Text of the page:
What I want to do now—and full disclosure, one of the controversial ways in which I do this is the venture fund in which I’m a partner, we own between three and four percent of Robinhood. I radically believe in the virtue and value of making access to cap tables and stocks and other such things much more accessible to larger numbers of people. So my answer to how we bridge capital and labor, in part, is to make capital more accessible to middle-class and working-class folks. One of the not-so-secret sauces of Silicon Valley’s success, why startups drew in people, was because of employee ownership in the form of stock options. I want a world where more of our labor is participating in the ownership of companies that are being created and developed.
You can listen to the whole episode here.
Before we go, Hurricane Ida is still battering the US, leaving many without power. But it is no small thing that we did not see a repeat of Hurricane Katrina. We are not talking about catastrophic damage to the tune of $100 billion and almost 2,000 lives lost. Why? Because of a $14.5 billion storm risk-reduction system installed post-Katrina that largely worked.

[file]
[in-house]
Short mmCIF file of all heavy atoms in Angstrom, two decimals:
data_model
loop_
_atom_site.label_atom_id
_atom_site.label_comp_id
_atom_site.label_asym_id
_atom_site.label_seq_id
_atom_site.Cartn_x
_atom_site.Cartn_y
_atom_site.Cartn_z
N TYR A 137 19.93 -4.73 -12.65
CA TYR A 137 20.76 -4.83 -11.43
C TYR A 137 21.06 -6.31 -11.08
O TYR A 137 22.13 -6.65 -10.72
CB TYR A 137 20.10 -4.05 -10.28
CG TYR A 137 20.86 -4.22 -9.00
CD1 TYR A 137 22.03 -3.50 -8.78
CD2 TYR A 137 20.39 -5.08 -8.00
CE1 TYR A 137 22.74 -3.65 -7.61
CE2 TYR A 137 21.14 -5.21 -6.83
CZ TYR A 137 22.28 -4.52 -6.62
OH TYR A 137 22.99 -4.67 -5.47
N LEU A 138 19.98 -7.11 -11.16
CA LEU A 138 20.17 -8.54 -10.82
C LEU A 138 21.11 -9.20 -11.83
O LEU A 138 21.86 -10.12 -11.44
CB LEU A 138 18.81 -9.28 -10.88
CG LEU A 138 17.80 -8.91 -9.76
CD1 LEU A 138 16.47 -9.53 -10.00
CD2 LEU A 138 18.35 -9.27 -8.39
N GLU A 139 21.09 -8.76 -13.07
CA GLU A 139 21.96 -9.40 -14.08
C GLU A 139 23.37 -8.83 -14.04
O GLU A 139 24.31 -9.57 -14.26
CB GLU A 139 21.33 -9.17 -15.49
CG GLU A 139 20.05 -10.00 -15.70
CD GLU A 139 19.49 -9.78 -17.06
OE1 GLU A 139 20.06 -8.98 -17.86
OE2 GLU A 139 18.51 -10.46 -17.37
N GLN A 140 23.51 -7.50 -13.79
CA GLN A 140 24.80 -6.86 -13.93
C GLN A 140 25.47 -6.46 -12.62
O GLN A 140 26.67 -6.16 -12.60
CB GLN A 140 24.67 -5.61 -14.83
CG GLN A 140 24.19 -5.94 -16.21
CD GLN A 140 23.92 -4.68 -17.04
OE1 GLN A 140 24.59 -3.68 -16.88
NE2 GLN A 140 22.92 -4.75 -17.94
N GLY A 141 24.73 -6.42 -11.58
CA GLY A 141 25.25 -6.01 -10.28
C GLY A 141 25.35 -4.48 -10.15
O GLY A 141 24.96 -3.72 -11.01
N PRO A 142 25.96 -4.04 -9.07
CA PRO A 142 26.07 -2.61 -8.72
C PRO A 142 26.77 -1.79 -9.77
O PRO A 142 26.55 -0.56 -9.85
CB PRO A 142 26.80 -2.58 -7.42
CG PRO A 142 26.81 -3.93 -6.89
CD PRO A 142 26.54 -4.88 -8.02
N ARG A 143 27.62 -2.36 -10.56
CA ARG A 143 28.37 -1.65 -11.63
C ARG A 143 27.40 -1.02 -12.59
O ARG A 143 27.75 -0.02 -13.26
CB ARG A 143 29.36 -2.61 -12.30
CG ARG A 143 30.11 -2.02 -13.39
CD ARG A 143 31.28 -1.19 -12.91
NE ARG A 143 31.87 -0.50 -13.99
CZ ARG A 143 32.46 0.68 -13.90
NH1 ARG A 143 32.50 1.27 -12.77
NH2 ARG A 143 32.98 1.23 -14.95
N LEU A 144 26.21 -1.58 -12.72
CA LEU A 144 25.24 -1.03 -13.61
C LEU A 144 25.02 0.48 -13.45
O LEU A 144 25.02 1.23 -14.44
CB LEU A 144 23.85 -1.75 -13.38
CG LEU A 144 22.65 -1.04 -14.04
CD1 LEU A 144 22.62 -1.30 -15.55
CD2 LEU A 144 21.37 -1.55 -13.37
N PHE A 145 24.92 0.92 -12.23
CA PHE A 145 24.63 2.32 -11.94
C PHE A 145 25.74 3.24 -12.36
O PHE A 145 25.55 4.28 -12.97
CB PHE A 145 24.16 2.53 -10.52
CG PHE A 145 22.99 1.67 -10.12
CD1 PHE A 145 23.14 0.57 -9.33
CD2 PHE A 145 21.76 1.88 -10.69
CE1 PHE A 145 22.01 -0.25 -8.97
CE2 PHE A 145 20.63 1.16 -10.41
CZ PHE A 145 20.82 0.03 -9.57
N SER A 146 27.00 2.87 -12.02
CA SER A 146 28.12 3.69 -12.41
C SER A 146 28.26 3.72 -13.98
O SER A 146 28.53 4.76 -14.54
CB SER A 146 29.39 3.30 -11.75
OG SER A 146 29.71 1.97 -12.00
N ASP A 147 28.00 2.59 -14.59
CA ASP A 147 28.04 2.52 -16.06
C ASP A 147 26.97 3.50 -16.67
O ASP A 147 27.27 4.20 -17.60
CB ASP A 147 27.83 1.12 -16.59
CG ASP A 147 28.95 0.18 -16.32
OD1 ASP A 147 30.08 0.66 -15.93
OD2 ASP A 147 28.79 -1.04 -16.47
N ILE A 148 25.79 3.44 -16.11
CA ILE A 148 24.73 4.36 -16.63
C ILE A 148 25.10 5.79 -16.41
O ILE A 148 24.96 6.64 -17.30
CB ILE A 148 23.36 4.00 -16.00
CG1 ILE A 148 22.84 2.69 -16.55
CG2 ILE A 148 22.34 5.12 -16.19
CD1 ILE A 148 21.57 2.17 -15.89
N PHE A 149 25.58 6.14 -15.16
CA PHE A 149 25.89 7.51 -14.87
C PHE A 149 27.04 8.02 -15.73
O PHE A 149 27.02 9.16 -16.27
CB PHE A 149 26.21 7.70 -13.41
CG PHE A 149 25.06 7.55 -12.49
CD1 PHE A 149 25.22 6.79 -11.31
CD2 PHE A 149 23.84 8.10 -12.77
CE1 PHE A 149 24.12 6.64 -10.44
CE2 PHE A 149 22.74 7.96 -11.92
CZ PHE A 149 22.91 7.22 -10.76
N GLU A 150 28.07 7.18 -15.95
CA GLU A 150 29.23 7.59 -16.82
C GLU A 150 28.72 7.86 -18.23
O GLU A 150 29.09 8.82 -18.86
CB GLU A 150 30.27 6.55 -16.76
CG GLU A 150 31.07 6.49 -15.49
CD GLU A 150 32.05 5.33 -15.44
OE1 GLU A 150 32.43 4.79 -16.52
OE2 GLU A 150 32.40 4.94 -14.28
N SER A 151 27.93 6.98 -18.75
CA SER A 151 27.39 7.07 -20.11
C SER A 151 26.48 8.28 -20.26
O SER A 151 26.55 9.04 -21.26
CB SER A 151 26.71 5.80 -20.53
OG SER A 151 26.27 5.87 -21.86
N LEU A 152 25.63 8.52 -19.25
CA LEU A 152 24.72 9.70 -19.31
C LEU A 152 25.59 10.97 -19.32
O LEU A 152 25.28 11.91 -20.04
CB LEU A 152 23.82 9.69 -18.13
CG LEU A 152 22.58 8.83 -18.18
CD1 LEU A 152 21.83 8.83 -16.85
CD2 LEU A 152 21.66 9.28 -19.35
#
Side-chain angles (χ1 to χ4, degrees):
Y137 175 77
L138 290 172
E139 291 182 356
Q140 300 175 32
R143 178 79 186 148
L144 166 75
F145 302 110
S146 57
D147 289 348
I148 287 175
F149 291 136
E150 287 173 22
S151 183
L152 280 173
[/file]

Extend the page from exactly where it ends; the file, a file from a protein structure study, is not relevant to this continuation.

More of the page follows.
Below in the links section, Veterans Affairs is launching a pilot program to fund the training of service dogs for veterans, 98 countries (and Airbnb) have pledged to house Afghan refugees, scientists in Oaska used stem cells to create the world’s first 3D-printed Wagyu beef, and more.
From us: Now that you’ve had a taste of our first podcast episode, why not eat the whole thing—and then go back for seconds? Our second episode is up and waiting for you, too! Our guests are Zeynep Ton, president of the nonprofit Good Jobs Institute, and Joan C. Williams, director of the Center for WorkLife Law. They join us to examine how we might improve the future of work. Listen to it here.